When you are alone in a strange town, spending a few nights there can seem a little, lonely. So on a recent budget trip to Worcester, I shied away from the faceless chain hotels, opting instead for a bed and breakfast.
I found one in the village of Ladywood, a few minutes drive from town and noisy local pubs. At the every least, I reasoned, I would be in pleasant surroundings.
The Iadera gleams with newness. From the glass lifts, to the radiant white bathtubs, to the burnished sheen on the croissants, everything is polished. For guests at the luxury spa, it’s all about renewal too, settling into fluffy white robes, cleansing in the clear blue sea of the private beach, getting the grime scrubbed off, your tired muscles pummelled and eye bags smoothed away.
There’s something satisfying about sitting in a tractor-drawn tourist train being dragged around the streets of a seaside town and hearing the guide describe the hotel you’re staying in as posh and the guests as lucky.
Especially if you’re about to make your way back there after a spot of lunch at one of the waterside restaurants.
Only older children are allowed upstairs in the play centre at Calcot. The winding staircase from the soft toy area where smiley ladies help babies play with trains even has a gate little fingers can’t open.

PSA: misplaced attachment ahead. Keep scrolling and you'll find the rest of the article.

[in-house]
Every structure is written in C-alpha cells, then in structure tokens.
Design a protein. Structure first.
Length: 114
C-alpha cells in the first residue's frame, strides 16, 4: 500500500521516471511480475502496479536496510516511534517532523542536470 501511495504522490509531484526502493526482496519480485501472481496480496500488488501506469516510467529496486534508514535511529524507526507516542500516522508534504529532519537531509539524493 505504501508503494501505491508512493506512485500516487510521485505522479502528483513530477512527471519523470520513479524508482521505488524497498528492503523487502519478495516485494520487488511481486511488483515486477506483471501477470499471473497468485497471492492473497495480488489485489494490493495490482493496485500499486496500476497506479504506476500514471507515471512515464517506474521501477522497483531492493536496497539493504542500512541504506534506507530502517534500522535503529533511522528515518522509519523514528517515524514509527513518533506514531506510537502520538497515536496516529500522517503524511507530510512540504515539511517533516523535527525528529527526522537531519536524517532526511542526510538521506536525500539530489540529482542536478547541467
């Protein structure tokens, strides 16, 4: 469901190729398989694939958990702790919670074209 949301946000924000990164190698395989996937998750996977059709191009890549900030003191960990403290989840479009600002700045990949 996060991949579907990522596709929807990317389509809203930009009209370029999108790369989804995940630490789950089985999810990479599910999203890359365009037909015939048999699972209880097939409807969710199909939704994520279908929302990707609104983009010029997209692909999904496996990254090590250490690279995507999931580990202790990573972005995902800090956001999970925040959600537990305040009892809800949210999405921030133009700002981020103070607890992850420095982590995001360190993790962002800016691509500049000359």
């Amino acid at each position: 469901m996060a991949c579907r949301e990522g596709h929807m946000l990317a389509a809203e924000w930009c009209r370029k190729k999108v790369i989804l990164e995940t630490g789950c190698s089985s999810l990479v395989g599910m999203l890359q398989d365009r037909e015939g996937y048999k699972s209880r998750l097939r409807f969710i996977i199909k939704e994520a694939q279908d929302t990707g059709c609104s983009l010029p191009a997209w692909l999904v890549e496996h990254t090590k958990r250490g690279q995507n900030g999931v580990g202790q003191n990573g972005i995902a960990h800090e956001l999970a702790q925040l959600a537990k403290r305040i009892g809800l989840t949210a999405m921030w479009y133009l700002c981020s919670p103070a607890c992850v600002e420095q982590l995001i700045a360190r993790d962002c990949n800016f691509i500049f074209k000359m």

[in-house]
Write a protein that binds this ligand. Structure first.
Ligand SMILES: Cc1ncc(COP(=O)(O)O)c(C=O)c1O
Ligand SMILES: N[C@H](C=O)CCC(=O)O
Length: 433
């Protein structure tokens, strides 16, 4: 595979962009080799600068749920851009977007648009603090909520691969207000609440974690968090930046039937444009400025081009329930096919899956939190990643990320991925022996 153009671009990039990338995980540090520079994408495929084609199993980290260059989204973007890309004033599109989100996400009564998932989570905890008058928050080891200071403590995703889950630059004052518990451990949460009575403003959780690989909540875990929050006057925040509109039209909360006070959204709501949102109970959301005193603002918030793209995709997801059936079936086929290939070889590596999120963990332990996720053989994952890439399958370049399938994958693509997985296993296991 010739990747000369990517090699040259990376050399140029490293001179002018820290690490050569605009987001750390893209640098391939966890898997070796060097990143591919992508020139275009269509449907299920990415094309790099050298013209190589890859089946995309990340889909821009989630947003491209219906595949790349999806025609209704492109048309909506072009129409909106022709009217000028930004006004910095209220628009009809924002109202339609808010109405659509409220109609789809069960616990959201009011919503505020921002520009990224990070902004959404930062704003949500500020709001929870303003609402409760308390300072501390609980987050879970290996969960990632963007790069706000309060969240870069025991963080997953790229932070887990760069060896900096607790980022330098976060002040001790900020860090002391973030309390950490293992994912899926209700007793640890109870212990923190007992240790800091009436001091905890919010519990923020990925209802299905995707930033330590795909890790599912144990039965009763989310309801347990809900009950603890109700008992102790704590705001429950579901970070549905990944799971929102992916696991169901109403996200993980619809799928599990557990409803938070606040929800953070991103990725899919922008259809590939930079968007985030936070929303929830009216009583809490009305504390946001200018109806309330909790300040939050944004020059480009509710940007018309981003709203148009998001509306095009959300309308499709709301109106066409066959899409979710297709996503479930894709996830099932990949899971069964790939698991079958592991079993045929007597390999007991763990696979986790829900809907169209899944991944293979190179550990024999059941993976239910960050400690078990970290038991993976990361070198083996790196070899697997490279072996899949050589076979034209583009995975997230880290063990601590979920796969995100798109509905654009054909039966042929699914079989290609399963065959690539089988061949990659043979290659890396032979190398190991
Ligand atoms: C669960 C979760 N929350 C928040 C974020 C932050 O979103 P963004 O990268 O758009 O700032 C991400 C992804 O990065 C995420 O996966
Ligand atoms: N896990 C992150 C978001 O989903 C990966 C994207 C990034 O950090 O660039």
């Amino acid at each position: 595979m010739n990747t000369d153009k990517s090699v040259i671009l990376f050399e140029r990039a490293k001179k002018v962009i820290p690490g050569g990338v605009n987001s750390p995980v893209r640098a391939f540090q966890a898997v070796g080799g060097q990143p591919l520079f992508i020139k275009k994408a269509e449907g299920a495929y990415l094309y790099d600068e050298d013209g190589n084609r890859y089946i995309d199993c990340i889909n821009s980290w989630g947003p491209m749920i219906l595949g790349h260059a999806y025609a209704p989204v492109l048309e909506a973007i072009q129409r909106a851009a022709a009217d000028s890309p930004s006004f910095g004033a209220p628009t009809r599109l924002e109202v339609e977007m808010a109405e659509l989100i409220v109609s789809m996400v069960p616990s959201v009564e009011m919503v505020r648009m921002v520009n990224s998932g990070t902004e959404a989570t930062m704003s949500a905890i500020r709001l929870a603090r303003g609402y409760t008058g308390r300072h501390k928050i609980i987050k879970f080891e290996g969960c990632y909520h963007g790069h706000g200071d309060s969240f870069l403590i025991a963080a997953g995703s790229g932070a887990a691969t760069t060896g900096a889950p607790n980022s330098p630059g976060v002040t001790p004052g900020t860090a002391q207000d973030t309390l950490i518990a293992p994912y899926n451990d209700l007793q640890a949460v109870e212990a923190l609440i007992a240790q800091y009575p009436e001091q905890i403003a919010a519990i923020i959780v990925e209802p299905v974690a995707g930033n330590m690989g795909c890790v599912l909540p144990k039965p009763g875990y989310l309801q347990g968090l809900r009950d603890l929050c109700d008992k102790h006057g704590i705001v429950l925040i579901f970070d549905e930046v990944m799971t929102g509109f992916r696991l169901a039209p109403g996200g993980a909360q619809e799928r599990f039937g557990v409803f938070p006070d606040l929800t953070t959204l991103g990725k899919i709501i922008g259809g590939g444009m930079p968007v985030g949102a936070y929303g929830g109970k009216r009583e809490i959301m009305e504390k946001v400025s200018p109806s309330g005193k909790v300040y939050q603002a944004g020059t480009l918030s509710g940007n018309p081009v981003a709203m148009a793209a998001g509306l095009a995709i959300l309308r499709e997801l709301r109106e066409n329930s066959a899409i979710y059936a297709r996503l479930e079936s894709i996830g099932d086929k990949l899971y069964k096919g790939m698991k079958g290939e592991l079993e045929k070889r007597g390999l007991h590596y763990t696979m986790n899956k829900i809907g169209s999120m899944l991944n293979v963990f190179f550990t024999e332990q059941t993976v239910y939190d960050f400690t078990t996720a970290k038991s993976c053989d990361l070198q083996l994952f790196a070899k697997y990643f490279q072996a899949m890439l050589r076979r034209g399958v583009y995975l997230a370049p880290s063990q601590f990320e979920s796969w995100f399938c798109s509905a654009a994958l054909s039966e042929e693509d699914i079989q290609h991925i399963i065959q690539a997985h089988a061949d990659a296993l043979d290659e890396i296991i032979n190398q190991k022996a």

Up there in the mini loft with its scatter-cushioned cinema and football table, everything is X-boxed and Playstationed to the rafters. A teenage dream.
Sometimes the star grading system can be a bit of a misnomer and should be considered as a standard rather than an expectation, much like the Premiership football league; there are teams which continue to be brilliant, and then there are the rest.
In the heart of Mayfair, just set back from Park Lane and a few paces from Hyde Park and Knightsbridge, sits the 5-star Four Seasons hotel.
Draped luxuriously over the side of a pretty cliff amid foliage and trees, the hotel cascades towards the Illetes coastline of Palma Bay.
The décor echoes Spanish Castilian style with wood floors, low-beamed ceilings, red carpets, stone walls and burgundy upholstered seats. Precious porcelain and antiques in nooks and crannies are lorded over by suits of armour.
Montpelier Plantation witnessed the marriage of Horatio Nelson to Frances "Fanny" Nisbet. In 1960 James Milnes-Gaskell bought this estate with the dream of converting the historic ruin into a hotel. In 2002, Montpelier was sold to the Hoffman family.
If you are going to visit Bordeaux, home to some of the world's finest wines, you may as well stay in the city's finest accommodation. The five-star Grand Hôtel de Bordeaux & Spa delivers on all fronts - an ideal central location, stunning 18th Century architecture and enough luxury facilities to make you dizzy.